The inverse kinematics (IK) code calculates the physical motor position in the six actuators, {mi}, from axis positions {ai} = {A, B, C, x, y, z}; while the forward kinematics (FK) calculation finds {ai} for a given set of {mi}. The FK calculation cannot be expressed in a simple analytical form. Instead the FK code is implemented as an iterative search that resorts to the IK calculation. The IK code utilizes the pitch–roll–yaw rotation matrix R(A, B, C) to calculate the absolute position of the joints on the top platform of the hexapod from the position of the rotation center and the position of the joints, all relative to the center of the top platform, which can be defined by the user,

[{\bf{P}}_i-{\bf{r}}_{\rm{TCP}}=({\bf{P}}_i^0-{\bf{r}}_{\rm{TCP}})\,R(A,B,C)+{\bf{T}},\eqno(1)]

where T = (X, Y, Z) is the translation required of the rotation center, and the rotation matrix is defined as

[\eqalignno{ & R(A,B,C) = R_z (A)R_y (B)R_x (C) \cr & \!\!=\!\! \left({\matrix{ {\cos A} & { - \sin A} & 0 \cr {\sin A} & {\cos A} & 0 \cr 0 & 0 & 1 \cr } } \right)\left({\matrix{ {\cos B} & 0 & {\sin B} \cr 0 & 1 & 0 \cr { - \sin B} & 0 & {\cos B} \cr } } \right)\left({\matrix{ 1 & 0 & 0 \cr 0 & {\cos C} & { - \sin C} \cr 0 & {\sin C} & {\cos C} \cr } } \right)_{\vphantom{\Big|}} \cr & \!\!=\!\! \left (\!{\matrix{ {\cos A\cos B}\! & {\cos A\sin B\sin C - \sin A\cos C} &\! {\cos A\sin B\cos C + \sin A\sin C} \cr {\sin A\cos B}\! & {\sin A\sin B\sin C + \cos A\cos C} &\! {\sin A\sin B\cos C - \cos A\sin C} \cr { - \sin B} & {\cos B\sin C} & {\cos B\cos C} } }\! \right)\!.\cr&&(2)}]

The lengths of the six legs and the physical motor positions are then calculated from the positions of the joints on the top and bottom platforms,

[L_i = \left| {{\bf{P}}_i + {\bf{H}} - {\bf{B}}_i ^0 } \right| = L^0 + m_i.\eqno(3)]

Here, P and B are the vectors pointing from the center of the platform and the base, respectively, to the joint for the ith leg on the hexapod, and H is the vector connecting the two centers, as defined in Fig. 2[link].

2.3.2. Hexapod alignment

The goal of the alignment is to ensure that the X-ray beam passes through the rotation center defined by the user. Whereas alignment of a conventional diffractometer requires physical adjustments of the instrument, alignment in this case is realised by modifying the kinematics codes in the controller and adjustments are made continuously depending on the position of the hexapod.

The alignment procedure must first compensate for the offset between the center of the hexapod platform and the axis of the rotary stage, dHR = (ΔxHR, ΔyHR). In order for the two to coincide, the kinematics calculation needs to include a correction term for Pi,

[\Delta{\bf{P}}_{i,{\rm{HR}}}=d_{\rm{HR}}.\eqno(4)]

The value of this offset can be found by simply rotating the rotary stage by 180°. The apparent displacement of the center of the hexapod platform, as indicated by a 1/4-inch tooling ball in the view via the camera overlooking the hexapod from above (Fig. 3a[link]), equals 2dHR.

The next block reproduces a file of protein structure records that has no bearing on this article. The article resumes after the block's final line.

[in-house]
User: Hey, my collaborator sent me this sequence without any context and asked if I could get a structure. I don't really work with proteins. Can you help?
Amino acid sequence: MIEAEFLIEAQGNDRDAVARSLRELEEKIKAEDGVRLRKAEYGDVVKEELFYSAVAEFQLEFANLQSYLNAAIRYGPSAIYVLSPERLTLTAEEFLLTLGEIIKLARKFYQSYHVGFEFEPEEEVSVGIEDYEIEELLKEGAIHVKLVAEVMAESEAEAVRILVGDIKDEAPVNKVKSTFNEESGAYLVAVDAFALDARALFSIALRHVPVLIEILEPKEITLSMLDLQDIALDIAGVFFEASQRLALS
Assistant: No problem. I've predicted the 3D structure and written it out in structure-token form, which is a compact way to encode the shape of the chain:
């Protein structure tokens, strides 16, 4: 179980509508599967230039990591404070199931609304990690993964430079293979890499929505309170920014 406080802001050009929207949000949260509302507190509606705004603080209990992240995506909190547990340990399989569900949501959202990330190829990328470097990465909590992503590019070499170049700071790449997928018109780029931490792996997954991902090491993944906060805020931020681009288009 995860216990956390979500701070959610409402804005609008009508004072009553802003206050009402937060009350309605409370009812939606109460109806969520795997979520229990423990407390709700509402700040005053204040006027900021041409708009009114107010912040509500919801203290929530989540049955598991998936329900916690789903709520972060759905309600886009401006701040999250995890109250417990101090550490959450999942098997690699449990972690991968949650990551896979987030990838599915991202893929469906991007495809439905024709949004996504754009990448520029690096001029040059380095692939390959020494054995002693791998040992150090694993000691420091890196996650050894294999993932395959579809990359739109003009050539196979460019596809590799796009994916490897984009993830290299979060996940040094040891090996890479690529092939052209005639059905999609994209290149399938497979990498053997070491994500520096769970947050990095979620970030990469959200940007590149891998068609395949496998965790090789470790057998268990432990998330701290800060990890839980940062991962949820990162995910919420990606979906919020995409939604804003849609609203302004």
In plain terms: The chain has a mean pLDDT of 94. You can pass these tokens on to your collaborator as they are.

[Figure 3]
Figure 3
Schematics that illustrate alignment of the centers of the hexapod (OH) and the rotary stage (OR). Alignment requires finding both (a) offset between OR and OH, and (b) once they coincide, the distance from the common rotation center to the X-ray beam. The offset can be measured directly from images capture using the camera overlooking a 0.25′′ tooling ball used to indicate the center of the hexapod platform. Each pixel in the image corresponds to ∼10 µm. The measured offset is (ΔxHR, ΔyHR) = (0.54 mm, 0.75 mm).

In general there is also an offset, dBH, between these common rotation centers and the X-ray beam. The kinematics codes compensate for this offset by moving the hexapod by the same distance towards the beam to position the hexapod rotation center into the X-ray beam. This compensation is dependent on the position of the rotary stage and is accounted for in the kinematics calculation by another correction term,

[\Delta{\bf{P}}_{i,{\rm{BH}}}=d_{\rm{BH}}(\sin D,\cos D).\eqno(5)]

The actual value of dBH can be found by scanning the y-position of a sharp edge with known distance from the hexapod platform center (e.g. the edge of the tooling ball shown in Fig. 3a[link]) and using the photodiode embedded in the beam stop as the detector (this will be implicitly assumed in the description below). The correction above also requires the zero position of D to be defined as the position where the x-axis is parallel to the X-ray beam. This can be done again by y-scanning the sharp edge at two extreme x positions. The two scans should produce the same results when D = 0 is correctly defined.

Next the rotation center of the hexapod must be positioned at the same height as the X-ray beam. The offset between the hexapod rotation center and the beam position, dz, can be found using the top edge of the tooling ball, the distance from which to the hexapod rotation center is known. The default distance between the hexapod platform and the base is then revised, H = H0 + dz, so that the default position of the hexapod rotation center is now located in the path of the X-ray beam.